“The 6% rate means this year China will have to create an additional 6 trillion yuan in GDP,” Li said.
“The goal refers to a flexible band of achievable growth delivery and it’s not set in stone because the pace of annual increase may turn out to be faster. We are keenly aware of the uncertainties and we favor a steady pace to avoid big swings.”
He then pivoted to hail his prudence since last year against resorting to any massive-liquidity-flooding-market monetary stimuli, when Beijing rushed to resuscitate the Covid-stricken economy.
He revealed that a modest, 2-trillion-yuan package had been swiftly rolled out a year ago with “lifeline financial support” like tax and levy waivers and the policy was designed to benefit sectors and deliver instant results in a matter of weeks to help worst-hit businesses avert bankruptcy.
“Last year I was also asked if the stimulus package was too small, but the results speak for themselves and the economy bounced back since the third quarter.
“This year there is less need for any more stimuli when the economy has gained its footing but there are no changes to the calculus of our economic management or prudence. Indeed, there were additional supporting measures in the pipeline last year but with the turnaround materializing, some of them were never rolled out,” said Li.
At the event, Li dodged questions about the rivalry between Beijing and Washington when reporters cited the Japanese Center on Economic Research’s latest forecast that China would supplant the US as the world’s largest economy as early as 2028.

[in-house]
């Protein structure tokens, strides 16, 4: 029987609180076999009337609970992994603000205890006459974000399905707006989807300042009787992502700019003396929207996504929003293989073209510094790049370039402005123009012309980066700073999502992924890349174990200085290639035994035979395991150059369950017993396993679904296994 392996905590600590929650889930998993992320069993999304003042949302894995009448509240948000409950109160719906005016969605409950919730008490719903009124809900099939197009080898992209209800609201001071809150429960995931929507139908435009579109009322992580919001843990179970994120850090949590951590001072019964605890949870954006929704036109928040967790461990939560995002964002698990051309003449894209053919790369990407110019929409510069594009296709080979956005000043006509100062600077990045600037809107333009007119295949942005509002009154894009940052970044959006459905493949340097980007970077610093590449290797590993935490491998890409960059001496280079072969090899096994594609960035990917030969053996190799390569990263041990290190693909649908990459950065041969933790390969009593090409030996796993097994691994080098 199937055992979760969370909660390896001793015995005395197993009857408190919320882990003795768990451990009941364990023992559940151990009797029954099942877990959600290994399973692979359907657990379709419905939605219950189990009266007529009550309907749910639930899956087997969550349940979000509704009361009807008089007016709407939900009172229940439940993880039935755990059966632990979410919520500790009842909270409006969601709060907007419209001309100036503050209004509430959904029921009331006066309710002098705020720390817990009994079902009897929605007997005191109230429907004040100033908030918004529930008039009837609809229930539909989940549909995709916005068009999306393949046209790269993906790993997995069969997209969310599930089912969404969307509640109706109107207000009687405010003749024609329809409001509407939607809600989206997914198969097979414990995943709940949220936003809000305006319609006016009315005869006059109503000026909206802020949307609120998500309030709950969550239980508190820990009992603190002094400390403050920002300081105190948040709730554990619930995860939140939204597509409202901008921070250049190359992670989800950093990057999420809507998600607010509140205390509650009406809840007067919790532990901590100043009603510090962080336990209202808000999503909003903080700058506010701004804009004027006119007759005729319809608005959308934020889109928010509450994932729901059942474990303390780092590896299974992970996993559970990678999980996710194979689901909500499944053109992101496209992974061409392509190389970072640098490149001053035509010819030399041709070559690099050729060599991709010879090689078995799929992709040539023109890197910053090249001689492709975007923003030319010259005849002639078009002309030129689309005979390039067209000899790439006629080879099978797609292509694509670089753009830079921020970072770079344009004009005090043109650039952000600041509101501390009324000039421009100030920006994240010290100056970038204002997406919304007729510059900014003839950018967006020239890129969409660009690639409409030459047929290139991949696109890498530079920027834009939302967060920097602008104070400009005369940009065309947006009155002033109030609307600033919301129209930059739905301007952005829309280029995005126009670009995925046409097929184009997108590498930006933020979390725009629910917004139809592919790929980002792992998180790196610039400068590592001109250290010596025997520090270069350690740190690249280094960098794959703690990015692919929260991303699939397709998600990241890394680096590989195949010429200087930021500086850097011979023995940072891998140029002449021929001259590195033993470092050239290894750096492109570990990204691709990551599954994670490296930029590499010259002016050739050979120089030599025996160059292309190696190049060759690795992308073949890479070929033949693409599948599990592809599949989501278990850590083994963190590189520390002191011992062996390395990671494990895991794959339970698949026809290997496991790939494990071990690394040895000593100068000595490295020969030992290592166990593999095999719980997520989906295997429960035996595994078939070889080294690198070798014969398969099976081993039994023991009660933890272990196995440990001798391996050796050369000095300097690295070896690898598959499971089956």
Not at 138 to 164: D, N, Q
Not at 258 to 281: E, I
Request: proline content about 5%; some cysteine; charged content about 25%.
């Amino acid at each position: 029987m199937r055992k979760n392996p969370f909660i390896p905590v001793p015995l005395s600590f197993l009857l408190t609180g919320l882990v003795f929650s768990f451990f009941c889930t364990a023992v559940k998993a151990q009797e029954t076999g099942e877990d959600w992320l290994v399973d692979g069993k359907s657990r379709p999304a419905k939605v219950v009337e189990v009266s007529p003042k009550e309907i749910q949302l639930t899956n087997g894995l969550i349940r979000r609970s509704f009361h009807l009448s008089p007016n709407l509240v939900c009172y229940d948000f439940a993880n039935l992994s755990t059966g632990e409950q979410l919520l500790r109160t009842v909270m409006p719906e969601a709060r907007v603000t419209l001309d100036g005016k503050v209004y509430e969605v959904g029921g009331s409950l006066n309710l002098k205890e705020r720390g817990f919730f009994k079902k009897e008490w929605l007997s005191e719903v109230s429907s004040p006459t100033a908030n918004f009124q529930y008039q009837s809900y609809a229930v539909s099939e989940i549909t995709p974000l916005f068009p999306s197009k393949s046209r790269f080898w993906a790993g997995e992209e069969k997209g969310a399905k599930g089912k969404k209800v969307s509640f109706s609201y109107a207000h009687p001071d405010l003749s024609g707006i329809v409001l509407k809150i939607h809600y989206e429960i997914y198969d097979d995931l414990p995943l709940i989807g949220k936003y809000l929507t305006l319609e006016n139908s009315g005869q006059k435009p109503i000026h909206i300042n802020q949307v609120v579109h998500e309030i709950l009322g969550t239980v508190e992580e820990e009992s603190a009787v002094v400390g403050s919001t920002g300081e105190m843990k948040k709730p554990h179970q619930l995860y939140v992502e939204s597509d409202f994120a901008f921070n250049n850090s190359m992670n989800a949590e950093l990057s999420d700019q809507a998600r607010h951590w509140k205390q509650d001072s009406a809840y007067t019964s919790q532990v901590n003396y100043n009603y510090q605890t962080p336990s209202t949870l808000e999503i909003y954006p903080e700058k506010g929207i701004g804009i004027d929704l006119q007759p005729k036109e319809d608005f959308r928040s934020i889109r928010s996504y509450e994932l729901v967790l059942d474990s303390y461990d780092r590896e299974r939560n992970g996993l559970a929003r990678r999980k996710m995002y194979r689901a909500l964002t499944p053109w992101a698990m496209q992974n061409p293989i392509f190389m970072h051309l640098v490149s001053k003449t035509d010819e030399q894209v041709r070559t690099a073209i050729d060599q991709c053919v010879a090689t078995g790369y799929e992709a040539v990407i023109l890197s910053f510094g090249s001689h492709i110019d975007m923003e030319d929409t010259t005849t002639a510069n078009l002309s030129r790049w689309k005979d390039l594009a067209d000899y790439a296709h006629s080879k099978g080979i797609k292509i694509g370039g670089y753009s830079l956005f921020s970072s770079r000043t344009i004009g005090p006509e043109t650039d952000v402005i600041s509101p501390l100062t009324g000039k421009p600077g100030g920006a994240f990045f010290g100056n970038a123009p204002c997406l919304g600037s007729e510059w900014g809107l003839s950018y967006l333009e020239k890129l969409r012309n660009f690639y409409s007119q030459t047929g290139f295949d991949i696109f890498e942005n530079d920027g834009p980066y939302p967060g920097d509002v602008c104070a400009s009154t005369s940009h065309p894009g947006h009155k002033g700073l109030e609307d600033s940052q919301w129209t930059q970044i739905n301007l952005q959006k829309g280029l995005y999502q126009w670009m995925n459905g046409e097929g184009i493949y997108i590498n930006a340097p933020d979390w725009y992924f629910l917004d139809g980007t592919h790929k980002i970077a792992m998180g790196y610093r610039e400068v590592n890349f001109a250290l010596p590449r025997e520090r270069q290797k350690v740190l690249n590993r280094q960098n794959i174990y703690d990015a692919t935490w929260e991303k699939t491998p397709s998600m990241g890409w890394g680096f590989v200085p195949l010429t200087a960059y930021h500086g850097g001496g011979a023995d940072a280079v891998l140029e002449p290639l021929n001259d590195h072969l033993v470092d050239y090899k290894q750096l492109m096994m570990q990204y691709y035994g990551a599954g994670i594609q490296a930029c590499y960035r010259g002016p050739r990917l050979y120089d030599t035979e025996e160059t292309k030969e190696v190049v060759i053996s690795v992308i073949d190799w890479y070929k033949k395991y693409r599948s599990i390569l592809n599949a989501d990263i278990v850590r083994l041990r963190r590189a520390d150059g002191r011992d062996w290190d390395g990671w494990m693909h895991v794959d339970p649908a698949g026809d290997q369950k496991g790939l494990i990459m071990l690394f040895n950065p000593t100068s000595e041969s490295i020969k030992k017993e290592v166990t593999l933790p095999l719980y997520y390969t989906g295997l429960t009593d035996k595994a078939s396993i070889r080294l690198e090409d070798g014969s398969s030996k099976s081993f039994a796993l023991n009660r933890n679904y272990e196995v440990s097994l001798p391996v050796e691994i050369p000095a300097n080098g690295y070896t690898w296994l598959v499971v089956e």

The premier merely reiterated the mantra from Xi in his February call with US President Joe Biden that disputes were normal due to differences in history and politics and dialogue would be the key to managing them.
“Both countries have the wisdom to keep up ties and have common interests to work on.”
Face-to-face meeting next year
In a sign of the Covid times, the premier’s press conference was broadcast live via a video link from the deserted foyer of the Great Hall of the People, with Chinese and foreign correspondents housed in an offsite venue in a hotel.
Li said he hoped next year’s event could take on the usual form of face-to-face interactions. When reporters brought up the matter of Covid, he revealed that when the World Health Organization dispatched a panel to Wuhan earlier this year for an epidemiological probe to trace the coronavirus back to a possible source, China and the WHO worked collaboratively and thrashed out the parameters for the mission.
“The idea [of a WHO-led investigation in China] was first mooted last year with planning and talks lasting for months,” Li said.
“The WHO has put their findings in Wuhan under the microscope and come up with fair theories about how the virus could have cropped up. China has all along been transparent and cooperative and politics must be kept out of scientific investigations.”
Stopping short of answering if China would share with the WHO firsthand data of cases that emerged in Wuhan in the last three months of 2019, Li said China also wanted to find out the origins of Covid and that countries needed to get their acts together, not only for traceability studies but also massive vaccination programs to vanquish the disease.
Read more about our coverage of China’s NPC and CPPCC session: